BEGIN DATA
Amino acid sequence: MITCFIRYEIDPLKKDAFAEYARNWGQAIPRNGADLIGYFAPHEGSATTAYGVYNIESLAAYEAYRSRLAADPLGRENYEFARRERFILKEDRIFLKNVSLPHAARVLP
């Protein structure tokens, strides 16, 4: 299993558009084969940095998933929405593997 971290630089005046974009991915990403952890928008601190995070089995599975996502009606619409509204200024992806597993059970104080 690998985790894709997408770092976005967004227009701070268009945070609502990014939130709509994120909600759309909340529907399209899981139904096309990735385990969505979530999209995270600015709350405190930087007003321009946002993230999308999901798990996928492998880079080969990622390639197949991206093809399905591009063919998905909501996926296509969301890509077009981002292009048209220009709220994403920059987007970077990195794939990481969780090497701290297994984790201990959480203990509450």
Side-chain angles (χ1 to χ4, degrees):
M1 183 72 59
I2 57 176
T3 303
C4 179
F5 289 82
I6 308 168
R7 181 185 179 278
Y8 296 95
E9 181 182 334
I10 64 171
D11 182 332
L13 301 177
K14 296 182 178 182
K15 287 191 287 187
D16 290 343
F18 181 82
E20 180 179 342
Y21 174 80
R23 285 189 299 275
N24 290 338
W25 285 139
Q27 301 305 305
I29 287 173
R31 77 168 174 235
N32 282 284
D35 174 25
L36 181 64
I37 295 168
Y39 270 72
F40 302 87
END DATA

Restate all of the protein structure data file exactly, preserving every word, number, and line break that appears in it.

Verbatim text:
Amino acid sequence: MITCFIRYEIDPLKKDAFAEYARNWGQAIPRNGADLIGYFAPHEGSATTAYGVYNIESLAAYEAYRSRLAADPLGRENYEFARRERFILKEDRIFLKNVSLPHAARVLP
């Protein structure tokens, strides 16, 4: 299993558009084969940095998933929405593997 971290630089005046974009991915990403952890928008601190995070089995599975996502009606619409509204200024992806597993059970104080 690998985790894709997408770092976005967004227009701070268009945070609502990014939130709509994120909600759309909340529907399209899981139904096309990735385990969505979530999209995270600015709350405190930087007003321009946002993230999308999901798990996928492998880079080969990622390639197949991206093809399905591009063919998905909501996926296509969301890509077009981002292009048209220009709220994403920059987007970077990195794939990481969780090497701290297994984790201990959480203990509450």
Side-chain angles (χ1 to χ4, degrees):
M1 183 72 59
I2 57 176
T3 303
C4 179
F5 289 82
I6 308 168
R7 181 185 179 278
Y8 296 95
E9 181 182 334
I10 64 171
D11 182 332
L13 301 177
K14 296 182 178 182
K15 287 191 287 187
D16 290 343
F18 181 82
E20 180 179 342
Y21 174 80
R23 285 189 299 275
N24 290 338
W25 285 139
Q27 301 305 305
I29 287 173
R31 77 168 174 235
N32 282 284
D35 174 25
L36 181 64
I37 295 168
Y39 270 72
F40 302 87